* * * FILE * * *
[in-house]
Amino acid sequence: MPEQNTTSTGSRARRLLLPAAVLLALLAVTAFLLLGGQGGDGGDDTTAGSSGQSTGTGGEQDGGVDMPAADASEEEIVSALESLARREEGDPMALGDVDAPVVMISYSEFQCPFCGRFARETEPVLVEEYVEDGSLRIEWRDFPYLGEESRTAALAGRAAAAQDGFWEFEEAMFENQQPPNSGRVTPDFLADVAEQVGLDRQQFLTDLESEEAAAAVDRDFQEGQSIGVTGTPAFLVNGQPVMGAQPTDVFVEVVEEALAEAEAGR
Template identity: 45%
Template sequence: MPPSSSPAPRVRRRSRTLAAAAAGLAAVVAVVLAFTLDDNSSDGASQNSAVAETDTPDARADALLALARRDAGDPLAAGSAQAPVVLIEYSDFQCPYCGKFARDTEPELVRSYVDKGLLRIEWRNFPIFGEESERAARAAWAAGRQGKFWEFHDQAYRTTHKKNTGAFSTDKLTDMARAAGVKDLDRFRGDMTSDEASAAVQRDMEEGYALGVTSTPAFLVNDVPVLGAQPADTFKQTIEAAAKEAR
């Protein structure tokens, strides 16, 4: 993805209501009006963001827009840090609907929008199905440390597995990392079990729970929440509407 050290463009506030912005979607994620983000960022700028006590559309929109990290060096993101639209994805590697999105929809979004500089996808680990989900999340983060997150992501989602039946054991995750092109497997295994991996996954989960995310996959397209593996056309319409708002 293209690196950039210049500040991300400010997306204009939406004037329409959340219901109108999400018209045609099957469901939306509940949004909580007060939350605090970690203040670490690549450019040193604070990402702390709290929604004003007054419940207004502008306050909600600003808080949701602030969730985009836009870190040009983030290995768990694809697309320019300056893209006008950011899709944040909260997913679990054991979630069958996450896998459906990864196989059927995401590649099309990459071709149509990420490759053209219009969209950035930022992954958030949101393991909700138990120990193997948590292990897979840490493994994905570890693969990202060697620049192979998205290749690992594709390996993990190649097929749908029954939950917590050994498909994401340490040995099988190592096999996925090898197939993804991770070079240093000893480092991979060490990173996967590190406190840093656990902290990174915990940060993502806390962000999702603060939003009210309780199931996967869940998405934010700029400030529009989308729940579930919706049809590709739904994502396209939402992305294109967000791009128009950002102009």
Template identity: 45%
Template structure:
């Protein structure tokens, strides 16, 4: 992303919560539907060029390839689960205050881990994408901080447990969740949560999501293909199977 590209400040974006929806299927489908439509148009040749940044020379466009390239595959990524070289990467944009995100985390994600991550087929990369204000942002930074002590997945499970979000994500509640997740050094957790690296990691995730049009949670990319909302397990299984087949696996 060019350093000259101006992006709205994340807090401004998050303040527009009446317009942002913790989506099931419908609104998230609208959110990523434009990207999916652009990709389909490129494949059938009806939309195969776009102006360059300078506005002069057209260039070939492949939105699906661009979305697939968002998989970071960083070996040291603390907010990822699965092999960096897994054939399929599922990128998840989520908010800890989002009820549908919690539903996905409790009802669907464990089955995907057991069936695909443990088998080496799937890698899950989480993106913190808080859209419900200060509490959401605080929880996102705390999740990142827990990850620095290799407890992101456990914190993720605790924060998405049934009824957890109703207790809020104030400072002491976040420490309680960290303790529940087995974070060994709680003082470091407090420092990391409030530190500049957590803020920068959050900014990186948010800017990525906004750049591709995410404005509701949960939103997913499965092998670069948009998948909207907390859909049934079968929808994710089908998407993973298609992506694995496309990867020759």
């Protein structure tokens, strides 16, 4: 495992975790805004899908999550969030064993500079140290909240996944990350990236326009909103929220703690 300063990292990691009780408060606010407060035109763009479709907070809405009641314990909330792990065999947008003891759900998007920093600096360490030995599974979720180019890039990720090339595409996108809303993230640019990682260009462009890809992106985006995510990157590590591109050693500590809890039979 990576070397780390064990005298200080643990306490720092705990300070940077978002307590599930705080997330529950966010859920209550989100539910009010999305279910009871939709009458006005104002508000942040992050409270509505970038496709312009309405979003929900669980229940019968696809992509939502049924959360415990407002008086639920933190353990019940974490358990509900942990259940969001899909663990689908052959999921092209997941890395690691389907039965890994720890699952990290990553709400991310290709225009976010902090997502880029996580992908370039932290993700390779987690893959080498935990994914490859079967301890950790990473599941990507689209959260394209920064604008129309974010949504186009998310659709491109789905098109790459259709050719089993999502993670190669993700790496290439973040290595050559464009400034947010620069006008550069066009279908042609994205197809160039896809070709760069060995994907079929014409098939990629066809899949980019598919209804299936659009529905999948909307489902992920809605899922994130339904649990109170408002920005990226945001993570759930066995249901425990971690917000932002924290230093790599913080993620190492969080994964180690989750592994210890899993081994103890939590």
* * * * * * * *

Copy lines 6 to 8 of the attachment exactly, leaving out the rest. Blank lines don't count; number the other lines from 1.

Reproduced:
Template identity: 45%
Template structure:
């Protein structure tokens, strides 16, 4: 992303919560539907060029390839689960205050881990994408901080447990969740949560999501293909199977 590209400040974006929806299927489908439509148009040749940044020379466009390239595959990524070289990467944009995100985390994600991550087929990369204000942002930074002590997945499970979000994500509640997740050094957790690296990691995730049009949670990319909302397990299984087949696996 060019350093000259101006992006709205994340807090401004998050303040527009009446317009942002913790989506099931419908609104998230609208959110990523434009990207999916652009990709389909490129494949059938009806939309195969776009102006360059300078506005002069057209260039070939492949939105699906661009979305697939968002998989970071960083070996040291603390907010990822699965092999960096897994054939399929599922990128998840989520908010800890989002009820549908919690539903996905409790009802669907464990089955995907057991069936695909443990088998080496799937890698899950989480993106913190808080859209419900200060509490959401605080929880996102705390999740990142827990990850620095290799407890992101456990914190993720605790924060998405049934009824957890109703207790809020104030400072002491976040420490309680960290303790529940087995974070060994709680003082470091407090420092990391409030530190500049957590803020920068959050900014990186948010800017990525906004750049591709995410404005509701949960939103997913499965092998670069948009998948909207907390859909049934079968929808994710089908998407993973298609992506694995496309990867020759």